Kirby's Journal: Backyard Butterfly Magic

Written and Photographed by Charlotte Caldwell

To a child, nearby nature can be a universe. Through Kirby’s Journal, Charlotte Caldwell provides children with a portal into their own backyard galaxy.
— Richard Louv, author of Last Child in the Woods


Kirby and friends experience a summer-full of backyard activities, culminating in COMPLETE METAMORPHOSIS.  They learn firsthand how everything is connected to everything else, from planting the garden - HABITAT; to inquiring about insect body parts- MORPHOLOGY; games about the similarities and differences of living things in the backyard - CLASSIFICATION; finding animals in the backyard desiring to eat caterpillars and butterflies - FOOD WEB; and the ingenious defenses to avoid getting eaten - SURVIVAL STRATEGIES.  This beautiful butterfly magic can be discovered in any city or countryside throughout the world.

Excerpts from Kirby's Journal


A butterfly’s head has

  • two large compound eyes- they can see in almost every direction

  • a set of long antennae- for feeling stuff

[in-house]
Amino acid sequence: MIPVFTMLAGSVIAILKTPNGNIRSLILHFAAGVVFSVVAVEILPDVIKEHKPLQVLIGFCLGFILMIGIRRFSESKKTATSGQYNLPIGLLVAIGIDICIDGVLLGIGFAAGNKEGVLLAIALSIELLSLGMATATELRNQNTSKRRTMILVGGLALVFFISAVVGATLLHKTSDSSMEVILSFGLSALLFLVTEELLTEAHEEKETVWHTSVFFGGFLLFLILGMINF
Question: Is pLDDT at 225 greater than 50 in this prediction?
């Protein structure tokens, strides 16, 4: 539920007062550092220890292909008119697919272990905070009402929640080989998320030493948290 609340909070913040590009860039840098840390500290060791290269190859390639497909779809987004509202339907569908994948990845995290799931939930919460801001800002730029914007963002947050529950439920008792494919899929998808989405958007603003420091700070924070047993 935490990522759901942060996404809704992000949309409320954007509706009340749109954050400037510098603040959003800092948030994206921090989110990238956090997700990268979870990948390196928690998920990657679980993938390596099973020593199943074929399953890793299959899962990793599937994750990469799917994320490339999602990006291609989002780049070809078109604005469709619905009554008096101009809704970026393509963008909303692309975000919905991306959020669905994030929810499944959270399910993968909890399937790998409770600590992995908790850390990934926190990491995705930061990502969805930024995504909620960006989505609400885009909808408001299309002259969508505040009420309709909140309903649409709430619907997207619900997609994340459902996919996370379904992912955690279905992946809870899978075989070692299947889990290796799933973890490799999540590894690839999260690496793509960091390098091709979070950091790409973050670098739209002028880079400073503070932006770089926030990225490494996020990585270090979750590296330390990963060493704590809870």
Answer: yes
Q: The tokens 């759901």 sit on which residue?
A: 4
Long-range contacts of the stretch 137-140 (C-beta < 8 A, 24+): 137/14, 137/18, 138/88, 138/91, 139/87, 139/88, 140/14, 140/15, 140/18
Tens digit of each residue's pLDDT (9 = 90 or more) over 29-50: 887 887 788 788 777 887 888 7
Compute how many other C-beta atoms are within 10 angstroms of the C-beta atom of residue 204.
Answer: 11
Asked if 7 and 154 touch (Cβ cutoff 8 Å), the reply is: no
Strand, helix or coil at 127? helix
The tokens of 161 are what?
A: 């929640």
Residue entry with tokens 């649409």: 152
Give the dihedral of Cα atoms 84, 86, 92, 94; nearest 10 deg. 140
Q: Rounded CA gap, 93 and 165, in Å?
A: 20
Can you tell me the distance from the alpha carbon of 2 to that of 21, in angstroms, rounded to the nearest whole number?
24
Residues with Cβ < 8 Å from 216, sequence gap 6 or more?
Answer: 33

• and a PROBOSCIS for sipping nectar.  The proboscis looks like a tiny straw when it is sipping, but it rolls up out of the way when it is not eating. 


Bees also have two sets of wings (forewings and hind wings).  But a bee’s wings don’t have any scales, so you can see through them. 


Insectivores-  This wasp stung a Lady caterpillar, chewed it into bite size chunks, and flew back to its nest with the pieces.


Gulf Fritillary caterpillars have prickly barbed spines to keep predators away from them.


First a female lays her eggs on the right kind of host plant. Here’s a Gulf Fritillary egg that has been laid on the tendril of a passion vine host plant. 


First it cracked the chrysalis open.  It kept pushing in opposite directions with its head and legs.